News

Smart Bin Prototype developed by CompEng Students

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(fltr) Hakan Bayer, Salih Enes Tiryaki with the Smart Bin Prototype

 

Working alongside your studies, whether in a company or at university or doing an internship, is normal everyday life for most students. At the same time, it prepares them for their career after graduation. Starting your own business while studying is still the exception. Three (former) CompEng students, namely Tarik Sahin, Hakan Bayer, and Salih Enes Tiryaki, have taken this step. Together with Berk Hakbilen, they have started a project developing a smart bin that should lead to a start-up in the future.


Tarik Sahin has a Bachelor's degree in Aerospace Engineering and a Master's degree in Computational Engineering. He is doing his doctorate on the topic of digital twins at the Universität der Bundeswehr München and is responsible for the AI algorithm and software. Berk Hakbilen, like Tarik, has a Bachelor's degree in Aerospace Engineering and a Master's degree in Computational Mechanics. He is also working with Tarik on the AI algorithm and software. Hakan is responsible for mechanical integration and electromechanical components. Enes is responsible for design and production.


The idea is to make waste recycling more efficient with the help of an AI algorithm and thus sort waste into recyclable raw materials as purely as possible. This is already being done in large waste management companies. But the project team wants to make pre-sorting by the consumer more efficient. Instead of the consumer thinking about whether this or that belongs in the paper or recycling bin, which would inevitably lead to misdirected waste, the consumer simply throws the waste into the flap provided and the bin itself uses a cloud-based solution to assign the waste to the appropriate bin in a fraction of a second. It is currently intended that this system could be used in offices or public spaces, for example.


When public life almost came to a standstill in March 2020 and the Ruhr-University Bochum also went into distance mode, Tarik, and Hakan used the time to come up with this idea where Enes and Berk joined later on. They have been working together since then. To further develop their idea, they have been supported by a scholarship by the Worldfactory StartUp Center (WSC) since September 2020. In addition, they received the Founder Scholarship NRW for 6 months in 2021. The financial support was very helpful in developing their prototype. It took the team over a year from the initial planning to the current status. At first, they were able to use rooms of the WSC on the campus of the Ruhr-University Bochum until they were finally ready to move into their first small office two months ago. This is also provided by the WSC. Unfortunately, the provision of the rooms was delayed because the premises were also affected by the big storm in 2021.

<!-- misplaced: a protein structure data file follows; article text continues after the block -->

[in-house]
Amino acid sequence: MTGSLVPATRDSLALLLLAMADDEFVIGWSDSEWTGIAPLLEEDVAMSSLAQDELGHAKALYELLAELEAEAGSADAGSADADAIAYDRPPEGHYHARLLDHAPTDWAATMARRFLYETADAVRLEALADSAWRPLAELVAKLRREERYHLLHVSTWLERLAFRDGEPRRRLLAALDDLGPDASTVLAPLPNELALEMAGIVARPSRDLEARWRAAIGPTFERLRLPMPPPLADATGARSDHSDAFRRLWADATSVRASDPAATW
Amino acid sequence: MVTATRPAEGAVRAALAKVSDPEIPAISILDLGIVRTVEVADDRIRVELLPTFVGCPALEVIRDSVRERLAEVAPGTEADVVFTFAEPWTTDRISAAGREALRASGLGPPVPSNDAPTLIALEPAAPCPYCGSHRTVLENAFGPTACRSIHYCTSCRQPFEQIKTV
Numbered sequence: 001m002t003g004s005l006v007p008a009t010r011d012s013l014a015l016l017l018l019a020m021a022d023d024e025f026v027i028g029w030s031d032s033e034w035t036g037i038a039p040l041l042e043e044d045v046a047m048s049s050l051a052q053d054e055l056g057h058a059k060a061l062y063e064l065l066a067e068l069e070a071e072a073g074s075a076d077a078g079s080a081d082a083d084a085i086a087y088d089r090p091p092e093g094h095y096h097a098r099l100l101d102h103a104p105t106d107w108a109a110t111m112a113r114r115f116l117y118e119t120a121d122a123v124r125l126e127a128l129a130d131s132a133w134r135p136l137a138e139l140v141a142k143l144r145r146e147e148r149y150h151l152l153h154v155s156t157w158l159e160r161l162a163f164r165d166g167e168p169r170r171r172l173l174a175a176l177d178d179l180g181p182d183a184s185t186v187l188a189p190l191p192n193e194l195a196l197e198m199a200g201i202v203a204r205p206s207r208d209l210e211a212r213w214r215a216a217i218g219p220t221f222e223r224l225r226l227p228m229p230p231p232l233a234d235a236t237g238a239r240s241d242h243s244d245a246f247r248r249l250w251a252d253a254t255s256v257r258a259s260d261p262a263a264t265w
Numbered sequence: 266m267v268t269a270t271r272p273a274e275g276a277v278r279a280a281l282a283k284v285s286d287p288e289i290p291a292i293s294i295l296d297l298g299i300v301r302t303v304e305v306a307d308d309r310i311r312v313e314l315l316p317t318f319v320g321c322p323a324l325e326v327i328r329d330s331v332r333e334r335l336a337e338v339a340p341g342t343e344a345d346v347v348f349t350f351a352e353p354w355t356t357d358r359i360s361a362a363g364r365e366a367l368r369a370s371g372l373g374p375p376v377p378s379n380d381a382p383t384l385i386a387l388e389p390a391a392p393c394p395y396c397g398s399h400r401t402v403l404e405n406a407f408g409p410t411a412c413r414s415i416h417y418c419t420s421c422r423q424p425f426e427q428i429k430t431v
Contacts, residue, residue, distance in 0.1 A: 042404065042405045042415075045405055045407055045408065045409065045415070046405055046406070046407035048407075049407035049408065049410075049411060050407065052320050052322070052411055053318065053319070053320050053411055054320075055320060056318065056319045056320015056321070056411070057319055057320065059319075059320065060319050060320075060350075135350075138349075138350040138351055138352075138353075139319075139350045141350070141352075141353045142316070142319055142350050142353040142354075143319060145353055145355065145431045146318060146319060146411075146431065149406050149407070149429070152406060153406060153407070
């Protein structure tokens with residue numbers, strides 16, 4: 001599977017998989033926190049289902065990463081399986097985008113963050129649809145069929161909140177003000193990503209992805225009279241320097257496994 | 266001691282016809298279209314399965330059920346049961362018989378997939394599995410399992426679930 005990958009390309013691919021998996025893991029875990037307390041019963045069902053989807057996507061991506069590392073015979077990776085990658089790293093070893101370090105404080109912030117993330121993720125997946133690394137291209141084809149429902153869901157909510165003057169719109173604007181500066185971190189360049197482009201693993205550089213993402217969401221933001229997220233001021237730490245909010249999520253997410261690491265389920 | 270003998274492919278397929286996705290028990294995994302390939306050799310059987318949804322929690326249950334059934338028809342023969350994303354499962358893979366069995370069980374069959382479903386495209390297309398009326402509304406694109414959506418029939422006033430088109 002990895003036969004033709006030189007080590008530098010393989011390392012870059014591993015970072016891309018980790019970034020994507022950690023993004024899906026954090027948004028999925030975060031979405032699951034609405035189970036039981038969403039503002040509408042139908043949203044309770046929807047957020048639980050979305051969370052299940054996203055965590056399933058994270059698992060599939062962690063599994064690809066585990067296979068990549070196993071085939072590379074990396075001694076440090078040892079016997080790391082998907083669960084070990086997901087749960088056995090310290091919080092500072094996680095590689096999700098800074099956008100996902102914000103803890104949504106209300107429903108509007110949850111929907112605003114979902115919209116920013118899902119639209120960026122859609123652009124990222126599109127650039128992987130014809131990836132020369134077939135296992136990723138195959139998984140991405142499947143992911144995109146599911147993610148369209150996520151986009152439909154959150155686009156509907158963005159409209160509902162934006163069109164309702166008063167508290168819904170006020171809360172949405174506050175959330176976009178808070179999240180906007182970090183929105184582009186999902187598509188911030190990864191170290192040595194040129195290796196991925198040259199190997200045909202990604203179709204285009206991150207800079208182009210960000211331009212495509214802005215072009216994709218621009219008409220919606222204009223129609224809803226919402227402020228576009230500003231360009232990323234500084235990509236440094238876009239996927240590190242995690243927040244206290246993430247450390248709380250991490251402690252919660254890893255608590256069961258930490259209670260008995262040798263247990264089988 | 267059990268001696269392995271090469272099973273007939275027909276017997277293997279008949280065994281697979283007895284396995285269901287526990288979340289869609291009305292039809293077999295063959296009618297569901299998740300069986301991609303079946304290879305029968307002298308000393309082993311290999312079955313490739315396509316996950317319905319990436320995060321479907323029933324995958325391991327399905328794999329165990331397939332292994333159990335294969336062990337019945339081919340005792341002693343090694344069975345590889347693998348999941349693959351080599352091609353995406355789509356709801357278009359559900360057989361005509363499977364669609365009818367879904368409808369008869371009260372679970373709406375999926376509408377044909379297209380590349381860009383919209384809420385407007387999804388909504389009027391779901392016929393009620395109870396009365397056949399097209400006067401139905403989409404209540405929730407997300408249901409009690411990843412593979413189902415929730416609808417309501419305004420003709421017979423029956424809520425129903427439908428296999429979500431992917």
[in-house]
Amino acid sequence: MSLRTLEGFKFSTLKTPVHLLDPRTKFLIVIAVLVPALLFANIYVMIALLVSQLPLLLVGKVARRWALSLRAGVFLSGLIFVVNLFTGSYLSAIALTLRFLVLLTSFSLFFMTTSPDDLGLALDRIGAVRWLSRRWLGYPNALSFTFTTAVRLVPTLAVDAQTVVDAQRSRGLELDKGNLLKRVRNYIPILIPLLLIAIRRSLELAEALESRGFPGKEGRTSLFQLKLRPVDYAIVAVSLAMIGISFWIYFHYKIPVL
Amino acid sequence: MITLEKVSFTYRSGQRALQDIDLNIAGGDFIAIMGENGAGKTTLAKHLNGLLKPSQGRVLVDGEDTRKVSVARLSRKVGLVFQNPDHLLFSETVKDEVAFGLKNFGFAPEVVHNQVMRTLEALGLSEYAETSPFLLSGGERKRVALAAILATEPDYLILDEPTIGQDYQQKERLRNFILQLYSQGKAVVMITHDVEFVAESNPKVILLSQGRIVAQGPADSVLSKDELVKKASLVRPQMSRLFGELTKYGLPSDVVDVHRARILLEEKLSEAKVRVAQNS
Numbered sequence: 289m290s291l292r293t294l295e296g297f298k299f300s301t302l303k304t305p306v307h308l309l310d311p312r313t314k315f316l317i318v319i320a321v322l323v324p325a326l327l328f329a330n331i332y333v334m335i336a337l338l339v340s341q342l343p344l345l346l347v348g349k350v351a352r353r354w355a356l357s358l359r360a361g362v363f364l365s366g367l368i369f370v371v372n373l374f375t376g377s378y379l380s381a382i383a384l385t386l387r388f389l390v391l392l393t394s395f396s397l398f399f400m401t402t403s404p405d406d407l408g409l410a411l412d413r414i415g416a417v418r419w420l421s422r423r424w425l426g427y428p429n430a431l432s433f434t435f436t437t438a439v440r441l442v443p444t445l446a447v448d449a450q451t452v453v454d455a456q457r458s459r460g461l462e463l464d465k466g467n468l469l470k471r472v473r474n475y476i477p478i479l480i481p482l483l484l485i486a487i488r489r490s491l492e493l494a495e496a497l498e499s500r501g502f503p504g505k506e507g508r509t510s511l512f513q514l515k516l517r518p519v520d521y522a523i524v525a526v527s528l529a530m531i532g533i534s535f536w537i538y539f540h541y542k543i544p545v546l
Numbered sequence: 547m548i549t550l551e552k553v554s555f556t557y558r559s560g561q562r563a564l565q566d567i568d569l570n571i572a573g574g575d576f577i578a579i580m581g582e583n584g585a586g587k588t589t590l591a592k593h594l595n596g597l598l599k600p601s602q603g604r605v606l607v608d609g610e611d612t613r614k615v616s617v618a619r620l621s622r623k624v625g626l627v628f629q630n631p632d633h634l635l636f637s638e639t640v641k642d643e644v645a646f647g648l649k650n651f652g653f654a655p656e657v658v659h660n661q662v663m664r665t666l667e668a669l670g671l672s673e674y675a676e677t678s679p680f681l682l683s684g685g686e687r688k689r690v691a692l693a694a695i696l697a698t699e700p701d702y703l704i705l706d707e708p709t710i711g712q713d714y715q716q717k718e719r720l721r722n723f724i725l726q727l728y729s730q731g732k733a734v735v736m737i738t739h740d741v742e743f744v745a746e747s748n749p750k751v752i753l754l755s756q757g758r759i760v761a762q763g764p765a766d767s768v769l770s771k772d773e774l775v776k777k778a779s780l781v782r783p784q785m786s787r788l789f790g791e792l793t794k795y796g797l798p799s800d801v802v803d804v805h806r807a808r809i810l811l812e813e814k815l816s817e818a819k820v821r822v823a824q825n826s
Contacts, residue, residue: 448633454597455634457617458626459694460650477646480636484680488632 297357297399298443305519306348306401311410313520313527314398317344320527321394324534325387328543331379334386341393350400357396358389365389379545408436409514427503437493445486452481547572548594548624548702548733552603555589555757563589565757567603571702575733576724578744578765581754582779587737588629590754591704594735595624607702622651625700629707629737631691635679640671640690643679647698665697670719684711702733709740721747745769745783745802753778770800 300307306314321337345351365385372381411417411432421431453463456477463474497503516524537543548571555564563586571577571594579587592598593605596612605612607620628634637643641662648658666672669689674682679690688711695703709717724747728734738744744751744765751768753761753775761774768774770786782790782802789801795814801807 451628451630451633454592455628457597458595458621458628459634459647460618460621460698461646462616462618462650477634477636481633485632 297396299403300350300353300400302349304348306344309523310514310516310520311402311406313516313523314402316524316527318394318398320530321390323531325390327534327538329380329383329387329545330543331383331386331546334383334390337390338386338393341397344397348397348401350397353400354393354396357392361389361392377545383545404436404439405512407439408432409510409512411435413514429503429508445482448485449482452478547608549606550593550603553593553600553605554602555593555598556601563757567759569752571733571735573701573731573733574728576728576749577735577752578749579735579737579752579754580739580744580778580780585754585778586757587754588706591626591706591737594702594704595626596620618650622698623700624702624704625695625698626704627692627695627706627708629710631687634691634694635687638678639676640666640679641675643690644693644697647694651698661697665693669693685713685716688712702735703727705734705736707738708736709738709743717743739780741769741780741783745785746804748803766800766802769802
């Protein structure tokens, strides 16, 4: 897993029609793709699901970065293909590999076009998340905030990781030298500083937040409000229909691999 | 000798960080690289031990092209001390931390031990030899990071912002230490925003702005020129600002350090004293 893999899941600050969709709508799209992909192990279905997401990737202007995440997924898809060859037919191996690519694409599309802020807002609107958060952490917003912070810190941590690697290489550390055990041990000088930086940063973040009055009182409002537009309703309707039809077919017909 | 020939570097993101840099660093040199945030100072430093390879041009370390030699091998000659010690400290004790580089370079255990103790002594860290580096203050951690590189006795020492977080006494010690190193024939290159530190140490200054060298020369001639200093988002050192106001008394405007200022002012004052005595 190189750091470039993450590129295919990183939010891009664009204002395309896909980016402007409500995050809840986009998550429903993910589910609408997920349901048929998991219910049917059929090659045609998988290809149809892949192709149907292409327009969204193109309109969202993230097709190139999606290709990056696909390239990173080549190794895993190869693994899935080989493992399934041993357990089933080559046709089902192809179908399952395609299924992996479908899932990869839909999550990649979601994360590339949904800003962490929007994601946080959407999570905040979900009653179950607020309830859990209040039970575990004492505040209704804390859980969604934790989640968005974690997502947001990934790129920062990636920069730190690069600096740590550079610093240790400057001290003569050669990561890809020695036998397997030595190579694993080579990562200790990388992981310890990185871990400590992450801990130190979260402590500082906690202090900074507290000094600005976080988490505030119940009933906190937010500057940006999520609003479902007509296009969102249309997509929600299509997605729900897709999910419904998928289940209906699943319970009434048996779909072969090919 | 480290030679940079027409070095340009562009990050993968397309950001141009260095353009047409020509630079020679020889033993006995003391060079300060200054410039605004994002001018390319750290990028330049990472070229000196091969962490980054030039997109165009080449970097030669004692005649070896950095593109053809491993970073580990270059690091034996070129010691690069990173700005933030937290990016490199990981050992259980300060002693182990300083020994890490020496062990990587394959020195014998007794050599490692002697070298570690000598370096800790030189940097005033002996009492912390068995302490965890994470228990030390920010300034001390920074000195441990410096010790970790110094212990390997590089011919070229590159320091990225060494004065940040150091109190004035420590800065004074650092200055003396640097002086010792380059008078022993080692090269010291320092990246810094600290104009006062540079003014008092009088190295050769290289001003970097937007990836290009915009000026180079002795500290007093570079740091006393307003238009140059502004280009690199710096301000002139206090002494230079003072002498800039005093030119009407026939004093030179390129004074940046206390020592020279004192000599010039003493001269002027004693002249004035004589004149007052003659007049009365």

We visited Enes and Hakan and asked them a few questions.

 

Can you briefly explain what your project is about? Who came up with the initial idea?
We have a mission to sort waste on spot with a smart waste sorting bin for waste management to increase the sorting efficiency and tedious documentation process of waste. The initial idea was found by Tarik Sahin and Hakan Bayer during the beginning of the pandemic in march 2020, later on, the team was extended. The idea came up while taking a machine learning course and discussing the applications of AI in the field of waste sorting and management.
You are studying CompEng at the RUB. Has the Master’s program been helpful for your project?
The master's program was quite beneficial due to the variety of courses that extended our vision in real-world engineering applications, particularly the lecture "Supervised machine learning" which initiated the idea and helped us a lot to build the software of smart bin.


What has been your biggest challenge so far?
So far our biggest challenges were to create the right business plan, develop marketing strategies, and reach out to people since we don't have a fluent German speaker who doesn't particularly have the engineering-based studies or background.


Your project is/ has been supported by the RUB Worldfactory StartUp Center. To what extent does this financial support, but also support beyond that, for example through their network, help you to realise your ideas?
World factory mainly supported us in building the prototype which was not possible without their help. Beyond that, they supported us in matching with coaches, getting a good network, and introducing us to the right people.